Client-side, server-side, or a hybrid approach are all viable options for watermarking. Client-side or “hybrid” approaches have become increasingly popular among OTT providers in recent years as a means of improving the user experience while also cutting costs. On the client-side, the logic is either implemented in the firmware or in the SDK where the OTT client-related information is inserted. To make it more difficult for an attacker to reverse engineer, this data must always be generated on the server side using a randomized ID. Using a “hybrid” approach, the content is first preprocessed by the server to create various versions, and the watermark is then added or managed on the edge servers or at the client-side.
The scene is represented just by its 2D projection, which are photos acquired by cameras. It is possible to watermark image sequences that record a 3D scene and extract the watermark from any rendered image generated for any arbitrary view angle, as opposed to the first two methods, which only protect the watermark information for the two key components of 3D scene representation (geometry and texture). If you’re using dynamic watermarking, you may embed information on the video asset while it’s being played back at the user’s end, such as the user’s email, date and time of watching, their IP address, or even their business logo. Because of their dynamic nature, they provide additional protection for confidential content that is not intended to be shared or altered. DAI (dynamic ad insertion) is also activated via dynamic watermarking in order to optimize addressable ad income.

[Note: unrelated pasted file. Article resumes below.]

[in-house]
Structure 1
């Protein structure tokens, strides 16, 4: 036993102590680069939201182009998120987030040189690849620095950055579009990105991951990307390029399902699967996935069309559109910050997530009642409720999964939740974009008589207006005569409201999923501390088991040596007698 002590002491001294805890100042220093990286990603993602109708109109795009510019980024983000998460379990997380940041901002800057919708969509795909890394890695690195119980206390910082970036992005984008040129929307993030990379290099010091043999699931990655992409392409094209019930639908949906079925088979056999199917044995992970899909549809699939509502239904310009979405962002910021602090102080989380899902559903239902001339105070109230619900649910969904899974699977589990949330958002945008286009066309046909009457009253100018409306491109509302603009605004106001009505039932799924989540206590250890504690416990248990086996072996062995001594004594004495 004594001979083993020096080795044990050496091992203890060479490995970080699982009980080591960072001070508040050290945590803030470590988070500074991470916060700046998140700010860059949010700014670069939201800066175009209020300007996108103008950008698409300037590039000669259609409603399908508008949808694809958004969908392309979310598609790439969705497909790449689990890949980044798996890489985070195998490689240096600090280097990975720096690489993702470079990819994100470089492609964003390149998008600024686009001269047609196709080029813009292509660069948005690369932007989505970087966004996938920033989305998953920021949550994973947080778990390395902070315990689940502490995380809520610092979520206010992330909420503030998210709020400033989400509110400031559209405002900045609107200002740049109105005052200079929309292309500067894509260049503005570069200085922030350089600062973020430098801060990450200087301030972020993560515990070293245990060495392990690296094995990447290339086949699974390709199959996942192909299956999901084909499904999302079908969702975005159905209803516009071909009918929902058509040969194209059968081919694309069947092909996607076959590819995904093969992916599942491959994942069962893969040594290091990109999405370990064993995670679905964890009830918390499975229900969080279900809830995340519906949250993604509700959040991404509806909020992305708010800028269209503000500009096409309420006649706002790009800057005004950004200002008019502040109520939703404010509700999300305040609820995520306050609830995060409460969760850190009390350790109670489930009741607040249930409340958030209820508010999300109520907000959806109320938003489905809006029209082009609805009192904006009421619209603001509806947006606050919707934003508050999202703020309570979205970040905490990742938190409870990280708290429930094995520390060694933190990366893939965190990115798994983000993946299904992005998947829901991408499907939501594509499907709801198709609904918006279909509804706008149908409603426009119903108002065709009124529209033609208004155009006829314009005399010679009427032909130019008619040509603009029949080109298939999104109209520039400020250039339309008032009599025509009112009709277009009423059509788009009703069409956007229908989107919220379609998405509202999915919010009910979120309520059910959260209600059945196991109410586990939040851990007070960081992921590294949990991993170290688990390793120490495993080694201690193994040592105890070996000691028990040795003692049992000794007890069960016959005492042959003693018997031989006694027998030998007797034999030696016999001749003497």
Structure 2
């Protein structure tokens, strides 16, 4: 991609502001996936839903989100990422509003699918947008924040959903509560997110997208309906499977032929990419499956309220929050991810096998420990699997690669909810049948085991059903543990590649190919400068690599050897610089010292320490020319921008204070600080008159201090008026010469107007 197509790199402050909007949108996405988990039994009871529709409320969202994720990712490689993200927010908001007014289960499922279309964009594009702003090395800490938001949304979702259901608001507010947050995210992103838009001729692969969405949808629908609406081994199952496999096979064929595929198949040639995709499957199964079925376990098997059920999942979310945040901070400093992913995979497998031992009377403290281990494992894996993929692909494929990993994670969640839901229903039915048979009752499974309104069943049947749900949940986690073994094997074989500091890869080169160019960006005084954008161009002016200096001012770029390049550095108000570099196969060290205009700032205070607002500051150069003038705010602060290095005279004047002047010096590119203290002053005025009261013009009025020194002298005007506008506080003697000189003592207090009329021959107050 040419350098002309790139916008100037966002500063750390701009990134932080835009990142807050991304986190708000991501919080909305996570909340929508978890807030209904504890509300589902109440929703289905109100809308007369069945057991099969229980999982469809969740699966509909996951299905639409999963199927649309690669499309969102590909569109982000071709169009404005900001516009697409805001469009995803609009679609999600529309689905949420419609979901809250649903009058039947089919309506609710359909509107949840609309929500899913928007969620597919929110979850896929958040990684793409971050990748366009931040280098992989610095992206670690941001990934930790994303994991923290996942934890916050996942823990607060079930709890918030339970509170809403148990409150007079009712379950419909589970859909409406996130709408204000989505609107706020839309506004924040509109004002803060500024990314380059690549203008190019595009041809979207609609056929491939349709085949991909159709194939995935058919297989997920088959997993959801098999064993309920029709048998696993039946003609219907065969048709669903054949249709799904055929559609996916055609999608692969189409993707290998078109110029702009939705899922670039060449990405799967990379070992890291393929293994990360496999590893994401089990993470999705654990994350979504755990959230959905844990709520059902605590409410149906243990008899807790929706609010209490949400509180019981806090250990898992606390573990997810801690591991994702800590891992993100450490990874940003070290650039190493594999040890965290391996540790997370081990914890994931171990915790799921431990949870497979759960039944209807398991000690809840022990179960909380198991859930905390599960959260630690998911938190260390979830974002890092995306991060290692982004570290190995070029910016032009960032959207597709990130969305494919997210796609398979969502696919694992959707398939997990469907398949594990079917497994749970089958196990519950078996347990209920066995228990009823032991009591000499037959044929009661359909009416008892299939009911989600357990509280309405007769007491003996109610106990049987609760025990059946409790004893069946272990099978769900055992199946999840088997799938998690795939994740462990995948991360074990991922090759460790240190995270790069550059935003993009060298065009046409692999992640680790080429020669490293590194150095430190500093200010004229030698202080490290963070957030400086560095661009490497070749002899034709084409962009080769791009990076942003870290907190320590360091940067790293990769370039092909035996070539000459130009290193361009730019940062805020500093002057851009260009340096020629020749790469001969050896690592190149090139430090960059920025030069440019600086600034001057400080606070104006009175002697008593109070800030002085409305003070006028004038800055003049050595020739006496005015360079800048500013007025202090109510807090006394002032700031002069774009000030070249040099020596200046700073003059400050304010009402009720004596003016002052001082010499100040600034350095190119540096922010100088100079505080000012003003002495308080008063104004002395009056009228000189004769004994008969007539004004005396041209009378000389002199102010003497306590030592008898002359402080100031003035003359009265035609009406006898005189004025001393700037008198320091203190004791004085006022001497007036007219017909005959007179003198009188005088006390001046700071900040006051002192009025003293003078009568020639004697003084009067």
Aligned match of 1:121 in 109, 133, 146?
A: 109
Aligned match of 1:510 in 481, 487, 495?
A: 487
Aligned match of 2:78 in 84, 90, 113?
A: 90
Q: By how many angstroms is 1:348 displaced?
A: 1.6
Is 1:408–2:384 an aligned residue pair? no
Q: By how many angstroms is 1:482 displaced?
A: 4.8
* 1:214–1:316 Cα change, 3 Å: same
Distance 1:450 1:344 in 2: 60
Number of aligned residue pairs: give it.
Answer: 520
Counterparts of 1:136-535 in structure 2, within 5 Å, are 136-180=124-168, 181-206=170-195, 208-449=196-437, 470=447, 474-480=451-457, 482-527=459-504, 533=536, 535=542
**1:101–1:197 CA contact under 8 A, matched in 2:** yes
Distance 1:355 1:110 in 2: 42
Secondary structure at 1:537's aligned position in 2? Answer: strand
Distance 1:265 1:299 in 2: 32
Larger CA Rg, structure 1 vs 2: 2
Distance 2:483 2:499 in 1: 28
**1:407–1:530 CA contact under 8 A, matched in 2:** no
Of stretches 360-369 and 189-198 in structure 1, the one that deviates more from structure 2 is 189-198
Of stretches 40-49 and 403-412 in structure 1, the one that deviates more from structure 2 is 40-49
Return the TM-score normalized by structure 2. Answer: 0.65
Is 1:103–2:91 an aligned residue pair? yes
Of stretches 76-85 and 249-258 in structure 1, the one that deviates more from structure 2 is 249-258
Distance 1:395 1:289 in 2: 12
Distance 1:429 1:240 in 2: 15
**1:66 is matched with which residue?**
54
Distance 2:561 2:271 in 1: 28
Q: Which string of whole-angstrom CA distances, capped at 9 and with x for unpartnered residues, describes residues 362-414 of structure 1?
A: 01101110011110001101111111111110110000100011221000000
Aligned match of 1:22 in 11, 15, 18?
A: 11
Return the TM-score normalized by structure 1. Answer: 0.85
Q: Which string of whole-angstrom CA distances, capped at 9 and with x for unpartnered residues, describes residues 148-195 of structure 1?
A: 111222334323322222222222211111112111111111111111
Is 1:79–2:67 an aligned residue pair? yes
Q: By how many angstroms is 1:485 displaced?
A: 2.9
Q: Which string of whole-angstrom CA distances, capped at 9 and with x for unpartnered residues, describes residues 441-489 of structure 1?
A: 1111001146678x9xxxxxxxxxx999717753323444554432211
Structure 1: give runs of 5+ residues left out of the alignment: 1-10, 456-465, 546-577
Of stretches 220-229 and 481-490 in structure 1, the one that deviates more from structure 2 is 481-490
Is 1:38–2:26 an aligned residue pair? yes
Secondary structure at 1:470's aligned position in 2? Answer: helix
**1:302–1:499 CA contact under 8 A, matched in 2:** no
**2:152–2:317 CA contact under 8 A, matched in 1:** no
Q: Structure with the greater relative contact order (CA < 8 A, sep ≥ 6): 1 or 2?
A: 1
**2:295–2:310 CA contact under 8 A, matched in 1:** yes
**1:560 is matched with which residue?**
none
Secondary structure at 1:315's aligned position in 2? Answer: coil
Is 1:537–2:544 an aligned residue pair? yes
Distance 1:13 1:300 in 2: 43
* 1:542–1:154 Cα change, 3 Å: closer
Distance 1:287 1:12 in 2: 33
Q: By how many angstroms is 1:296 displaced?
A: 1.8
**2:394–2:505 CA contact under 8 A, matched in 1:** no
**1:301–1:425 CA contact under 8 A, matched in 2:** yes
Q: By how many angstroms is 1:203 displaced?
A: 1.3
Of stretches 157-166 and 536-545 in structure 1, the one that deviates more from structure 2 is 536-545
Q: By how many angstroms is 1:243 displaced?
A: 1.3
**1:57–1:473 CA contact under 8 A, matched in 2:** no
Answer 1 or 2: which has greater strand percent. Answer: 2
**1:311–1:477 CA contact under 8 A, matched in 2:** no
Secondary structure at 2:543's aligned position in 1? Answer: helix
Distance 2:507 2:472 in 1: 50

DRM video protection techniques such as watermarks are not sufficient on their own, but when used in conjunction with other measures, they can help to safeguard the intellectual property of the content owner and aid to trace the source of any alleged infringement. They also serve as a helpful reminder to users about their own and other’s rights to the content they’re using.